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Ukraine: Fifteen Years Later, Chornobyl's Victims Still Looking For Help

At the end of this month, Ukraine will mark the 15th anniversary of the world's worst nuclear accident, when a reactor exploded at the Chornobyl nuclear power plant. This week the Ukrainian government is hosting a conference about the accident and its lingering impact. As RFE/RL correspondent Askold Krushelnycky reports, many people whose lives were affected by the accident say they have received very little help from the Ukrainian government.

Kyiv, 18 April 2001 (RFE/RL) -- Fifteen years ago on April 26, a reactor at Ukraine's Chornobyl atomic power plant exploded. Today, it is generally considered the worst civil nuclear accident in history.

This week, in preparation for the anniversary, the Ukrainian government is hosting a three-day conference (April 18-20) in the capital Kyiv to discuss the effects of the accident, aid for its victims, and steps taken to ensure the safety of the Chornobyl facility and others like it.

In addition to Ukrainian government officials, conference participants include the UN coordinator for International Cooperation on Chornobyl, Kenzo Oshima, and Zygmund Domaratzki, the deputy director-general of the International Atomic Energy Agency (IAEA).

There are also representatives from Belarus, whose population in areas across the border just north of Chornobyl also suffered. The Russian government is also represented.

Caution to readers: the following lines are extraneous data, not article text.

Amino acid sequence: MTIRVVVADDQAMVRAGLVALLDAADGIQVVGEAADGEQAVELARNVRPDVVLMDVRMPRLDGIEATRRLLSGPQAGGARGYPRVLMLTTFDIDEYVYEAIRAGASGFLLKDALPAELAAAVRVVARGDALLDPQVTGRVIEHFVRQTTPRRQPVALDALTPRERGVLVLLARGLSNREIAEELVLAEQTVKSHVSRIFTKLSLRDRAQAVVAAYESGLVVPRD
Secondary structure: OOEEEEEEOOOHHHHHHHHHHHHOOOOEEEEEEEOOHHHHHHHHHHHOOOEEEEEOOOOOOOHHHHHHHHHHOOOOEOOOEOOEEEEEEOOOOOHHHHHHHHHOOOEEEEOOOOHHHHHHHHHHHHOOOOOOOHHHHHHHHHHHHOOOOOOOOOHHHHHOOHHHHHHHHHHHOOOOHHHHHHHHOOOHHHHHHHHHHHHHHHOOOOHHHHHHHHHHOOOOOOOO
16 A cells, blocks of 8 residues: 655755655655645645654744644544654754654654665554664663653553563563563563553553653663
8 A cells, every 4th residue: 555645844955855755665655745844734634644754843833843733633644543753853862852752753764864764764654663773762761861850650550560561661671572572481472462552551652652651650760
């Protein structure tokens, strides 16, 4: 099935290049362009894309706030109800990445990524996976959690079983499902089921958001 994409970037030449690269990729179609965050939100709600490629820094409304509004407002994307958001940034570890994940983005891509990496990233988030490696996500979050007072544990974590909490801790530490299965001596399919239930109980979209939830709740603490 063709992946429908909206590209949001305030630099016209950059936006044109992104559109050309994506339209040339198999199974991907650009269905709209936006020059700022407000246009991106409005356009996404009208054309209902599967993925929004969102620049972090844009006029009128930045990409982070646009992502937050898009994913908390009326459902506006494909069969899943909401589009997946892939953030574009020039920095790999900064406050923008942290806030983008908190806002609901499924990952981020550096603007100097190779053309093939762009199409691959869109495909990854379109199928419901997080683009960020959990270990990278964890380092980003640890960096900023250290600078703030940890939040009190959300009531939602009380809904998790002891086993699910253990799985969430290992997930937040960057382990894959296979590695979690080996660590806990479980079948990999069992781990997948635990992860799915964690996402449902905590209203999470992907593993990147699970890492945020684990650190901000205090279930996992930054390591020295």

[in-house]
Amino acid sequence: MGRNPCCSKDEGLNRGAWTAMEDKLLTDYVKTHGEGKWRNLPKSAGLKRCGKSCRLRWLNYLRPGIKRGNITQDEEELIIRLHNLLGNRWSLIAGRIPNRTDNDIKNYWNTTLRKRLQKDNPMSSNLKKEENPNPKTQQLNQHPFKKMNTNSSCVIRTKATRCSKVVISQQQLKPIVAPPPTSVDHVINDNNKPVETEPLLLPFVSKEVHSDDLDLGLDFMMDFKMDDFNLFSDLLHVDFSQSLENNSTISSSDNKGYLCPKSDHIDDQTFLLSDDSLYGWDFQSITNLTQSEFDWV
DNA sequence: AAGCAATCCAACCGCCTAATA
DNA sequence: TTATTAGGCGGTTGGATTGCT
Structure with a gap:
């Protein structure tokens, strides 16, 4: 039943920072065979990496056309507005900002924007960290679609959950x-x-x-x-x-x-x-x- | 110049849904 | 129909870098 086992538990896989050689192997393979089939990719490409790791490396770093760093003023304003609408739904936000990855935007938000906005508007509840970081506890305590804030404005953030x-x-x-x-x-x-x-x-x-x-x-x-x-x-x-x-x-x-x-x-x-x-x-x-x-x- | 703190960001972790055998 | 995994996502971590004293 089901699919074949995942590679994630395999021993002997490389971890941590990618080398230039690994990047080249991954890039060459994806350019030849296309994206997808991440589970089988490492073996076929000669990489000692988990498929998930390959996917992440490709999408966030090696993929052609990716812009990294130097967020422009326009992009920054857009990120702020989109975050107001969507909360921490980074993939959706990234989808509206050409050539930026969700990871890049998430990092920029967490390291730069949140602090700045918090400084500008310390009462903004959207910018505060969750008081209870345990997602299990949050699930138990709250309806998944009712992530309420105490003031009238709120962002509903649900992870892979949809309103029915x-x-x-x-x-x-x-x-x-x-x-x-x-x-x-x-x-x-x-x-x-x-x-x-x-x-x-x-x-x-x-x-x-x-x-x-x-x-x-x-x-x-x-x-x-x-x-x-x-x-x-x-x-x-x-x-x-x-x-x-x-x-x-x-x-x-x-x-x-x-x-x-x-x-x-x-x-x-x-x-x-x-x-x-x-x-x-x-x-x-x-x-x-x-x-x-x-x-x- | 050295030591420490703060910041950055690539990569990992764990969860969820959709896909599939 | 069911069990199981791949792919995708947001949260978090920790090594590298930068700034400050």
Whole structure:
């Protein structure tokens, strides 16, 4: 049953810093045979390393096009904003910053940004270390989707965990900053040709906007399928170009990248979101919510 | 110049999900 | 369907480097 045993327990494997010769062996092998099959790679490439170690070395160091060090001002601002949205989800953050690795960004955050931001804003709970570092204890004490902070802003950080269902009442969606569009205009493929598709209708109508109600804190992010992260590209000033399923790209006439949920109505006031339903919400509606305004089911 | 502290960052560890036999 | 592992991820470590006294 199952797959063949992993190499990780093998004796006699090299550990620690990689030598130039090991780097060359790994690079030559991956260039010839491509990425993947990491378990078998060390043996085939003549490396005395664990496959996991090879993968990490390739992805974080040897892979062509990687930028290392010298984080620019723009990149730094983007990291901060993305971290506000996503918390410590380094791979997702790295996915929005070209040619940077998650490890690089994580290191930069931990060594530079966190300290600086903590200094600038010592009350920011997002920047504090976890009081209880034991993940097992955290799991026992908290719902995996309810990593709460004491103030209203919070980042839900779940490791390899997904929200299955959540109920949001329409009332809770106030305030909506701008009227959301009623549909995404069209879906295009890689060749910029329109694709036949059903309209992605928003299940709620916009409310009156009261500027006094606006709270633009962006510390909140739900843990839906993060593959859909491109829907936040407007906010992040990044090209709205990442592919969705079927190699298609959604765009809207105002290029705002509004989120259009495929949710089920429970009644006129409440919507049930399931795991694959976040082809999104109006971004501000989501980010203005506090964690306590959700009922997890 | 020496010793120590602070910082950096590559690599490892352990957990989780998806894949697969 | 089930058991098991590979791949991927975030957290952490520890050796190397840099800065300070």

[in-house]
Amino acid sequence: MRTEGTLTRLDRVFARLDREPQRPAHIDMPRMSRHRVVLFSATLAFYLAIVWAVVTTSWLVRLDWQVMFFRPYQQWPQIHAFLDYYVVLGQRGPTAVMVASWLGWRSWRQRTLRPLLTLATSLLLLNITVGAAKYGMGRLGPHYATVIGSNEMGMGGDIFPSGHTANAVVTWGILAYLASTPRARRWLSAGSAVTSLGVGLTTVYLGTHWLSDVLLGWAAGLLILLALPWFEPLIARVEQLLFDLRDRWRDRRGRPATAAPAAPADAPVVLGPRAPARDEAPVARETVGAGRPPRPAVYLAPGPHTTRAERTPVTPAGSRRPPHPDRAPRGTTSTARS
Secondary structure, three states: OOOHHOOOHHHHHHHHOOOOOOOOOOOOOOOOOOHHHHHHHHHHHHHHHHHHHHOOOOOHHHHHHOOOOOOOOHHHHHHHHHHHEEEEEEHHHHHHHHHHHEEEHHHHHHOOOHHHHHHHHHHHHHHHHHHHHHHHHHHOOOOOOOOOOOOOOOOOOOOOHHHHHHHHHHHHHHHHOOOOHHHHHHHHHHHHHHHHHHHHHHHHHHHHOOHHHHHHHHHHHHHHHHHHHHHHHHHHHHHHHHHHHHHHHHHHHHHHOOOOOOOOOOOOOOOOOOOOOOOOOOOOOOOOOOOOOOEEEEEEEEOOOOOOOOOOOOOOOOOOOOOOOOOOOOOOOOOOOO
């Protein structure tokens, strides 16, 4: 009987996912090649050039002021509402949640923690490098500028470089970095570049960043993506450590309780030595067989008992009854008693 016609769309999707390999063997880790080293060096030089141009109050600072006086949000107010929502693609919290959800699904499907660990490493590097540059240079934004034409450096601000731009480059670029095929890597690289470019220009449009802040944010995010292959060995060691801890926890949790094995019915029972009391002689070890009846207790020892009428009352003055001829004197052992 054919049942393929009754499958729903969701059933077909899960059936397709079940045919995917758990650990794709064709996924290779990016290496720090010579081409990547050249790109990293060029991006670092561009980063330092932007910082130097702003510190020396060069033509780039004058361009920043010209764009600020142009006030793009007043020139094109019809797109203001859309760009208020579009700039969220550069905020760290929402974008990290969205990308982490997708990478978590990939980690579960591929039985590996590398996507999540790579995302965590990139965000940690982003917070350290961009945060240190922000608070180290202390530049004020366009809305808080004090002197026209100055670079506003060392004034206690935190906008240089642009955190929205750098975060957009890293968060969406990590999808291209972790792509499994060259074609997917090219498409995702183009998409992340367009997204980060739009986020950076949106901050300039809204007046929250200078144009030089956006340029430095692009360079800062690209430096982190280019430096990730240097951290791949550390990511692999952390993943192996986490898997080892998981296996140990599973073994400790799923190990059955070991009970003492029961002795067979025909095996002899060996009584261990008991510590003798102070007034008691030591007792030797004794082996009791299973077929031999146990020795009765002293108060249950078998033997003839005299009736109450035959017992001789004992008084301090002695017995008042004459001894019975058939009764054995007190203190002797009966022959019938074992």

The UN, together with the European Union, has helped in funding last year's closure of the Chornobyl plant, and continues to aid efforts to encase the makeshift shelter erected 15 years ago around the reactor with a new, more secure one. Experts say the temporary shelter is in danger of collapsing and causing another disaster by releasing tons of nuclear waste into the atmosphere.

Oshima said that as a Japanese national from the city of Hiroshima -- which was destroyed during World War II by an American atomic bomb -- he sympathized with those who had suffered as a result of the Chornobyl catastrophe.

He said: "Over the past 15 years [Chornobyl victims] have endured the hardships of living in a contaminated land. In the face of an invisible danger they persevered in their efforts to return their families and communities to a state of normalcy."

Oshima said many of the victims were not yet born at the time of the accident, but still face physical, psychological, environmental, and socio-economic consequences. He added that many lessons had been learned from Chornobyl -- one of the most important being the need for preparedness in case of a future similar emergency.

Oshima said that much financial aid was needed to tackle the human consequences of Chornobyl and that during this 15th anniversary year, the UN would try to spotlight the accident's victims in a bid to increase international support for them.

IAEA's Domaratzki praised Ukraine for shutting down Chornobyl and pledged continuing support for Ukraine in maintaining nuclear safety.